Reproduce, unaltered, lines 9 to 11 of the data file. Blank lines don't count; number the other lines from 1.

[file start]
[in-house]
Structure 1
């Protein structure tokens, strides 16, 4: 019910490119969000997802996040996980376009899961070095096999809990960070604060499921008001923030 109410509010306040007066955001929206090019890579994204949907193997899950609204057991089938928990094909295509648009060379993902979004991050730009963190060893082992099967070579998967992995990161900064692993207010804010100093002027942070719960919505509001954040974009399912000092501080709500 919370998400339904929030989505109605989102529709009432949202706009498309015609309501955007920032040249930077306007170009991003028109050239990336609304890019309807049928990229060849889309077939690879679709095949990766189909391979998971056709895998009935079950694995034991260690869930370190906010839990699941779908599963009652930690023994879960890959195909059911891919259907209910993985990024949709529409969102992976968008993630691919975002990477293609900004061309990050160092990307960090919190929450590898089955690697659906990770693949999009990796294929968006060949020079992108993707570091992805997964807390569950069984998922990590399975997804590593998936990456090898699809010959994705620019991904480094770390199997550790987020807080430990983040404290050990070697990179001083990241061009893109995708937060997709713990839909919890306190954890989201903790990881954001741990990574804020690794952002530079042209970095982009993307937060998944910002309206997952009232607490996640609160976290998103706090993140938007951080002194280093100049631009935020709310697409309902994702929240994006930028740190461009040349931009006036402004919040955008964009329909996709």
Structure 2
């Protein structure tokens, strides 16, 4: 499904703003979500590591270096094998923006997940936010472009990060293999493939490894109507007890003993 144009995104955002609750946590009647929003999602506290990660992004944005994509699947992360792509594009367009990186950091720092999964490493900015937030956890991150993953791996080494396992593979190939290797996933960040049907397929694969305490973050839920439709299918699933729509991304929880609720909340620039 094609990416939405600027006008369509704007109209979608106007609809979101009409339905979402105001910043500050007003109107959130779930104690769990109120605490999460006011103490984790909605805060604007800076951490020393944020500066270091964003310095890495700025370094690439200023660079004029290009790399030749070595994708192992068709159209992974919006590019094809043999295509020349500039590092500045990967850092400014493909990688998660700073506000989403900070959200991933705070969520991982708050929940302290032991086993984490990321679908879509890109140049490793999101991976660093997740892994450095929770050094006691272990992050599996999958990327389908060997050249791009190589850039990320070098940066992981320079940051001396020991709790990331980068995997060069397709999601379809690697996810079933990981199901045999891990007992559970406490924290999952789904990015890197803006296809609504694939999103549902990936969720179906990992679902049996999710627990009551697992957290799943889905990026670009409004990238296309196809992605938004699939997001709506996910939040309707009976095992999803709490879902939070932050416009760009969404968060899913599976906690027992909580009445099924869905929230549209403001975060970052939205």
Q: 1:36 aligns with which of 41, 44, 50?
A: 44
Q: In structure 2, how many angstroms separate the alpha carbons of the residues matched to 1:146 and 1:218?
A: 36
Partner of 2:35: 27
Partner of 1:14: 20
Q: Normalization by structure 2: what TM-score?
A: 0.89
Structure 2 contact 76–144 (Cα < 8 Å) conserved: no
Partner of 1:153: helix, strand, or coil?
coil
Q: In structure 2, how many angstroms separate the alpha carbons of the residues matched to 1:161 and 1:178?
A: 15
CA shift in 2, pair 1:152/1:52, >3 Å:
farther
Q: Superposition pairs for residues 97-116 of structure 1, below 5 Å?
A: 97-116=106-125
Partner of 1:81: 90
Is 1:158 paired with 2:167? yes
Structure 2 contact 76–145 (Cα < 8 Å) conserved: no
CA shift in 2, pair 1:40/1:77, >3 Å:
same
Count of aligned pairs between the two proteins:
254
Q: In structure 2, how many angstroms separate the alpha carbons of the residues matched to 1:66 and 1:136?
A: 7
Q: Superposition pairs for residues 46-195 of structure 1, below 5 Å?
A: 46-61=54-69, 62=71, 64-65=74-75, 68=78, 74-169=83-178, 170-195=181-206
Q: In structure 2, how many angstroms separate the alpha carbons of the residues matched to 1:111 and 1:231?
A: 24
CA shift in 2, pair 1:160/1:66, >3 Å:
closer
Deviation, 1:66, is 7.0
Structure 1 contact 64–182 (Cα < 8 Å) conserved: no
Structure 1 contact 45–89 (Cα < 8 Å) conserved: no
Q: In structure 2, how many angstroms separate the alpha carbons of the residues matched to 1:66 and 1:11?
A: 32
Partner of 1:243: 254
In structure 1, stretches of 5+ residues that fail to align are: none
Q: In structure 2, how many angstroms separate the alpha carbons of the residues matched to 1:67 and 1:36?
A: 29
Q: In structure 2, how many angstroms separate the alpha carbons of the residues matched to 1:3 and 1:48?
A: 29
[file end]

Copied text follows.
A: 36
Partner of 2:35: 27
Partner of 1:14: 20